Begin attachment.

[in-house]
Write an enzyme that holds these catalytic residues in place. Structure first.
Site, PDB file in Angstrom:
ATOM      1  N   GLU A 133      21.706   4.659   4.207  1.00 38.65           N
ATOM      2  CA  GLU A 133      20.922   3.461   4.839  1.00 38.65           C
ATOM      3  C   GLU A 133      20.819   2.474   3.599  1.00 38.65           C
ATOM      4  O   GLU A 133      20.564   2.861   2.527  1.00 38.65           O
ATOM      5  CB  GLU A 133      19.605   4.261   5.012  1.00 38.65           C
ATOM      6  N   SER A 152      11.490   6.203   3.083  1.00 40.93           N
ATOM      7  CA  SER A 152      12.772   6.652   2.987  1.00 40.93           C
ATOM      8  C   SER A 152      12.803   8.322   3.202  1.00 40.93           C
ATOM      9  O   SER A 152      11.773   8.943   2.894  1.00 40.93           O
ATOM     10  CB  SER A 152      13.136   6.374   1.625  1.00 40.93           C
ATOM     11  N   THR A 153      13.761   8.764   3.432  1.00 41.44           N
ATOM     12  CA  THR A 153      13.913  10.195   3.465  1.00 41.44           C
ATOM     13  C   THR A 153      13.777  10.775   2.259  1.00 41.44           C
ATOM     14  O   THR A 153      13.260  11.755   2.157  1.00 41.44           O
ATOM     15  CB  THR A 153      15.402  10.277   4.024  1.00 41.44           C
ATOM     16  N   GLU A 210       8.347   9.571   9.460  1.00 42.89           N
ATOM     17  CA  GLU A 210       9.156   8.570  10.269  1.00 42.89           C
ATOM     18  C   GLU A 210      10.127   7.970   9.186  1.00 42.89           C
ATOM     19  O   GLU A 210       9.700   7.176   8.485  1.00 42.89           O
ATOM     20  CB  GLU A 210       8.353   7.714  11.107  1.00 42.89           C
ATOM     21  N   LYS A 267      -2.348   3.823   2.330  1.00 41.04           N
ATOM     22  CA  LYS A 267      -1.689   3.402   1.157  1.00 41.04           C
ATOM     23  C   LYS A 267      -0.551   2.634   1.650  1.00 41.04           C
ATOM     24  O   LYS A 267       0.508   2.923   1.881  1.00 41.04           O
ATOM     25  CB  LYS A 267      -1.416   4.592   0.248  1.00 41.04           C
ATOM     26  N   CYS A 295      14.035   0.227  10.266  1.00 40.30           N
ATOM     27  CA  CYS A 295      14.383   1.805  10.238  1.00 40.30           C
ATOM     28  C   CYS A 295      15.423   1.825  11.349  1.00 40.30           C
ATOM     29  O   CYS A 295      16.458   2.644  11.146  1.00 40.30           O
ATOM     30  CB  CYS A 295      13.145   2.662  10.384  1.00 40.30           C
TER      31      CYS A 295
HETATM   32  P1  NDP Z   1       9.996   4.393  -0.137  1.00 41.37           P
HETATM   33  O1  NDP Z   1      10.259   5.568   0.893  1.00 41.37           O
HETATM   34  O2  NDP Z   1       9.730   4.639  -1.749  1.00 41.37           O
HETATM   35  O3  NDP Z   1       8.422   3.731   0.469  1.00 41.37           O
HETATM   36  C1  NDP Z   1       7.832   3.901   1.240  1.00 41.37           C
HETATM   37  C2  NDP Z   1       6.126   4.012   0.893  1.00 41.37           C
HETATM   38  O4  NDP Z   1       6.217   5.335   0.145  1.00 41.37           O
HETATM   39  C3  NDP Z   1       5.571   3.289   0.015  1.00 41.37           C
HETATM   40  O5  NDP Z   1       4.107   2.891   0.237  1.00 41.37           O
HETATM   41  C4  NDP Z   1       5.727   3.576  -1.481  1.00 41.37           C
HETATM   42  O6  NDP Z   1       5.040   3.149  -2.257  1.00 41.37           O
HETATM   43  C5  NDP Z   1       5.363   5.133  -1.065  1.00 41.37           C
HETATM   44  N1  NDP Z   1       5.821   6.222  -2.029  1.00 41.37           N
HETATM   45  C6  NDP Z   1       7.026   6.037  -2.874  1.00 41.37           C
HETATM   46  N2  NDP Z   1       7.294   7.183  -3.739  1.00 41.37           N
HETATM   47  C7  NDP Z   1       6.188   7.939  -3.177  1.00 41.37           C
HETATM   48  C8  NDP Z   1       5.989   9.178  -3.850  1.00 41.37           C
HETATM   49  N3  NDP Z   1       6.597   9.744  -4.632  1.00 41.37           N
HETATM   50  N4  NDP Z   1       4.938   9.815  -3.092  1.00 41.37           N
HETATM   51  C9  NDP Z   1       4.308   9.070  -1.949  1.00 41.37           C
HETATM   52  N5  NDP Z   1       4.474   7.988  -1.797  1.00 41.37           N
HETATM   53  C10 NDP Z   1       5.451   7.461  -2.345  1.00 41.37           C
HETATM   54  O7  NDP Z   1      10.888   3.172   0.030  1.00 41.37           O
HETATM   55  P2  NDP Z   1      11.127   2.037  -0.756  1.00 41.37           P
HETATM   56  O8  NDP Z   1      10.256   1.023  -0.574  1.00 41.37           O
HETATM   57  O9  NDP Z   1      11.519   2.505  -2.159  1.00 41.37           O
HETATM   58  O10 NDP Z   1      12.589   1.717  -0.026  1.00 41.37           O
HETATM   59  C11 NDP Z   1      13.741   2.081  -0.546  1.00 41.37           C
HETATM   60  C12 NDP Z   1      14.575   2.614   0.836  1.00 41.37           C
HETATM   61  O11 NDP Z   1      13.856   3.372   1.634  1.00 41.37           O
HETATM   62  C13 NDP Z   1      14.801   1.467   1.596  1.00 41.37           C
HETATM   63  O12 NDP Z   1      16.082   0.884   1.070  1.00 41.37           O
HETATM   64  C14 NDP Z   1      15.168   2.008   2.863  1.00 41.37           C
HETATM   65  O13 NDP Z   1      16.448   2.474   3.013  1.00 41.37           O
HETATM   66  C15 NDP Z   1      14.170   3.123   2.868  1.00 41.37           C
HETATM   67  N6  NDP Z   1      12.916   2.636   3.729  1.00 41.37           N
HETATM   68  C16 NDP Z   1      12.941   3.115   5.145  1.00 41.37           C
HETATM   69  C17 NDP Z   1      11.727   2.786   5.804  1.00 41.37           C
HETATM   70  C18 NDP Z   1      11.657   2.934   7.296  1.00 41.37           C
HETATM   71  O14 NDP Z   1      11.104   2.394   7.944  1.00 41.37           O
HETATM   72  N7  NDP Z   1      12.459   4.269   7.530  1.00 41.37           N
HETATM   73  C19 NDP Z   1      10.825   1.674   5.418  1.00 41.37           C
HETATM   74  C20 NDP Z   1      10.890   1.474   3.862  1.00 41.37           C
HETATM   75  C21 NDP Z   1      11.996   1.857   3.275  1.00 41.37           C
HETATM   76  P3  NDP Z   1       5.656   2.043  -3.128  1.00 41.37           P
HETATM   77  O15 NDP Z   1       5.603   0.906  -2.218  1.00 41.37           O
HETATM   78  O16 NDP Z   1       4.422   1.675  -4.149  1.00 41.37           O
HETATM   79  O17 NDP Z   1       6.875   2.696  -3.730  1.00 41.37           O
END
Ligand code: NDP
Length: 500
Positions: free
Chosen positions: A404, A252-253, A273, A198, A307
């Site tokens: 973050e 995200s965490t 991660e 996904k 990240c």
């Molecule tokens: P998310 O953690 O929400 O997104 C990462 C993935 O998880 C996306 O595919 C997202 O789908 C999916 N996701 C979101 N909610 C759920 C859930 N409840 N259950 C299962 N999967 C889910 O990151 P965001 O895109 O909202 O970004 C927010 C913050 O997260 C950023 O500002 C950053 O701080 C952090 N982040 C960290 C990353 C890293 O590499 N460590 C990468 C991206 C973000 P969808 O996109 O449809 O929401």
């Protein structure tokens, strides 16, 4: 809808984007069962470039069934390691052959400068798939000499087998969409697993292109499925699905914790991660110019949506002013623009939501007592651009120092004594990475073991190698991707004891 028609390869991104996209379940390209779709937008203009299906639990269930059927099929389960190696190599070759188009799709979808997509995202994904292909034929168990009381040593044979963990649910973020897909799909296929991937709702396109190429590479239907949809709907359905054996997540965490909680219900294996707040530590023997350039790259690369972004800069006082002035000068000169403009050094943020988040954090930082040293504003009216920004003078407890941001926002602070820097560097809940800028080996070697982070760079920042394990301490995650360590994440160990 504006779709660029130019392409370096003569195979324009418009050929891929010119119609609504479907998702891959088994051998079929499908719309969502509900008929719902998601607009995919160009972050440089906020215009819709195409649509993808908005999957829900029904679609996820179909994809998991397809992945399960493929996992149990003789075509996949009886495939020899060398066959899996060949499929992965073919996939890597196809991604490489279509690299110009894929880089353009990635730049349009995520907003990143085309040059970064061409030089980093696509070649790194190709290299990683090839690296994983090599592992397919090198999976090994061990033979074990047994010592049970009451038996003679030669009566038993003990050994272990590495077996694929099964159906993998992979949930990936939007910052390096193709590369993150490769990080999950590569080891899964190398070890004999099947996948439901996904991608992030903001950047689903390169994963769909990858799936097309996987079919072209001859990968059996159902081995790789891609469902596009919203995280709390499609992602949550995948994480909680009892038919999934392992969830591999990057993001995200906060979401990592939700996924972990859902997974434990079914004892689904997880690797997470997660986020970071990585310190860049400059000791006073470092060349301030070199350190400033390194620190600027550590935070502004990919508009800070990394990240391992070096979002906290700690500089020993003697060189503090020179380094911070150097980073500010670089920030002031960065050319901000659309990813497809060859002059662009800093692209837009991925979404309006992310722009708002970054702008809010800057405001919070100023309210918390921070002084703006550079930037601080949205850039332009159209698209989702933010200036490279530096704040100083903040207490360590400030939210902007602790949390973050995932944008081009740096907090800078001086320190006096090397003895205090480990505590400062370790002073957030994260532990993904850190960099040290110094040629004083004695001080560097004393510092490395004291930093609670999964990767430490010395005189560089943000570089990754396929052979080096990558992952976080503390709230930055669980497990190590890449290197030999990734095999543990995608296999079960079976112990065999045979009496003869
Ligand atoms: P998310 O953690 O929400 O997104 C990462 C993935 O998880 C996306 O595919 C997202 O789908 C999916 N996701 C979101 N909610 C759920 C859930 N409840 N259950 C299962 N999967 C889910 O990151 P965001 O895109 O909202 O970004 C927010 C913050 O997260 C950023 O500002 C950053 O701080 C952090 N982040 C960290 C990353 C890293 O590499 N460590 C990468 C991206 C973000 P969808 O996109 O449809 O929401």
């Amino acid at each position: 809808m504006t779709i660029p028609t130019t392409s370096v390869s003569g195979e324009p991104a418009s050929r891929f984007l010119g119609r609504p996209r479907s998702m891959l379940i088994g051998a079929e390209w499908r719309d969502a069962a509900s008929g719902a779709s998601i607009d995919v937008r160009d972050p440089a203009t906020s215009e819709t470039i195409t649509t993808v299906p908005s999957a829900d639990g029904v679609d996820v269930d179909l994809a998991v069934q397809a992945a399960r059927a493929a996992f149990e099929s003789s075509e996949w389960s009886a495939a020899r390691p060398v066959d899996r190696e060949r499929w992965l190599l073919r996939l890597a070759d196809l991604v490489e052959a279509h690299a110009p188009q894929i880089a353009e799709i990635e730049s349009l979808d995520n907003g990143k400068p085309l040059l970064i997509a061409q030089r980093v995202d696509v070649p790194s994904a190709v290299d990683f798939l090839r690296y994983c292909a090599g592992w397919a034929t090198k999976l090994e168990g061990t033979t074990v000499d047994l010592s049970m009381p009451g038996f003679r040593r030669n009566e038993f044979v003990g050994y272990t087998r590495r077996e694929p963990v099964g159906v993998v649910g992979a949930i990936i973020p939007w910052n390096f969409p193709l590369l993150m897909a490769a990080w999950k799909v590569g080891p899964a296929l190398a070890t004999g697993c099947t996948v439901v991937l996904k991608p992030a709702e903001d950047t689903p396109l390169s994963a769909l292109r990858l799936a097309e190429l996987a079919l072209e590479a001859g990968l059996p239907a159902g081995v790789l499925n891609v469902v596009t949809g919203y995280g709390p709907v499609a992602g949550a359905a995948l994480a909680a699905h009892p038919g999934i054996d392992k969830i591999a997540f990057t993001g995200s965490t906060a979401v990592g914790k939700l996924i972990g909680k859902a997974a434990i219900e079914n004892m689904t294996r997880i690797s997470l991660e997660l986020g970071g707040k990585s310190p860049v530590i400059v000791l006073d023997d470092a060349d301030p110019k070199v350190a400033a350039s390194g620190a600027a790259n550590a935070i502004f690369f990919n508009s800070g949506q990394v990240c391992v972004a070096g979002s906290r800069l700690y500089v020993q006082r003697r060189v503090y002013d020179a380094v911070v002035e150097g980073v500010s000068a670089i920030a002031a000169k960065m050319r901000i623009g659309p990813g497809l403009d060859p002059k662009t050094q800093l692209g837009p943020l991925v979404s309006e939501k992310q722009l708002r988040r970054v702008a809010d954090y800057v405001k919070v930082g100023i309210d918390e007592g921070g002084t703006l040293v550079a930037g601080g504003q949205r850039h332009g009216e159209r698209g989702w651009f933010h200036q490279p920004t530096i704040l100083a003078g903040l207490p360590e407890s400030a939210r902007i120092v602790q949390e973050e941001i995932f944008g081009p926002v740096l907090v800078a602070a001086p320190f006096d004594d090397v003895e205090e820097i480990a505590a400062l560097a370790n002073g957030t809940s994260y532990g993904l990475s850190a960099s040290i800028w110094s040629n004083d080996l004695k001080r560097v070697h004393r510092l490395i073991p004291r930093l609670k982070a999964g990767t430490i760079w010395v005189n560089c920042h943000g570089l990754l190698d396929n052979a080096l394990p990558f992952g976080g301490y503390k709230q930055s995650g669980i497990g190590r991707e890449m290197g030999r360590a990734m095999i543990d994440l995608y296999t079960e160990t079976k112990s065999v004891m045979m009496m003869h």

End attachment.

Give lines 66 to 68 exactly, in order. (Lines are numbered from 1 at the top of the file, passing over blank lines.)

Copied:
HETATM   63  O12 NDP Z   1      16.082   0.884   1.070  1.00 41.37           O
HETATM   64  C14 NDP Z   1      15.168   2.008   2.863  1.00 41.37           C
HETATM   65  O13 NDP Z   1      16.448   2.474   3.013  1.00 41.37           O